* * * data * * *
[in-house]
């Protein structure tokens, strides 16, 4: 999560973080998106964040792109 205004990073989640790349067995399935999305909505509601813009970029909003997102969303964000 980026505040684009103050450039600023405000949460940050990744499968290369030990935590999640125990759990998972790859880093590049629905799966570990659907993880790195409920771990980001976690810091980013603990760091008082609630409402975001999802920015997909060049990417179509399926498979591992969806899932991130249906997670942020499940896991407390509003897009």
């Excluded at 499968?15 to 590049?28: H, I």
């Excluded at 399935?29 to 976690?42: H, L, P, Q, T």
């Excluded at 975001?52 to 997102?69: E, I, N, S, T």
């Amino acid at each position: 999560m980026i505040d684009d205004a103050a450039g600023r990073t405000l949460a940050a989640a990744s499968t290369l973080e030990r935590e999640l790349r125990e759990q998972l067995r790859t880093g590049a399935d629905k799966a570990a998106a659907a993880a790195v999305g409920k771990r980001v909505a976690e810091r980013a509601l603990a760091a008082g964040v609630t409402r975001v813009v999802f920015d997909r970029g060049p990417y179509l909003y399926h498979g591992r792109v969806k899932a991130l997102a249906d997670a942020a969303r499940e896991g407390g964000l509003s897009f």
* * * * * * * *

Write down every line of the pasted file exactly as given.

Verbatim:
[in-house]
């Protein structure tokens, strides 16, 4: 999560973080998106964040792109 205004990073989640790349067995399935999305909505509601813009970029909003997102969303964000 980026505040684009103050450039600023405000949460940050990744499968290369030990935590999640125990759990998972790859880093590049629905799966570990659907993880790195409920771990980001976690810091980013603990760091008082609630409402975001999802920015997909060049990417179509399926498979591992969806899932991130249906997670942020499940896991407390509003897009």
């Excluded at 499968?15 to 590049?28: H, I």
């Excluded at 399935?29 to 976690?42: H, L, P, Q, T």
């Excluded at 975001?52 to 997102?69: E, I, N, S, T």
């Amino acid at each position: 999560m980026i505040d684009d205004a103050a450039g600023r990073t405000l949460a940050a989640a990744s499968t290369l973080e030990r935590e999640l790349r125990e759990q998972l067995r790859t880093g590049a399935d629905k799966a570990a998106a659907a993880a790195v999305g409920k771990r980001v909505a976690e810091r980013a509601l603990a760091a008082g964040v609630t409402r975001v813009v999802f920015d997909r970029g060049p990417y179509l909003y399926h498979g591992r792109v969806k899932a991130l997102a249906d997670a942020a969303r499940e896991g407390g964000l509003s897009f």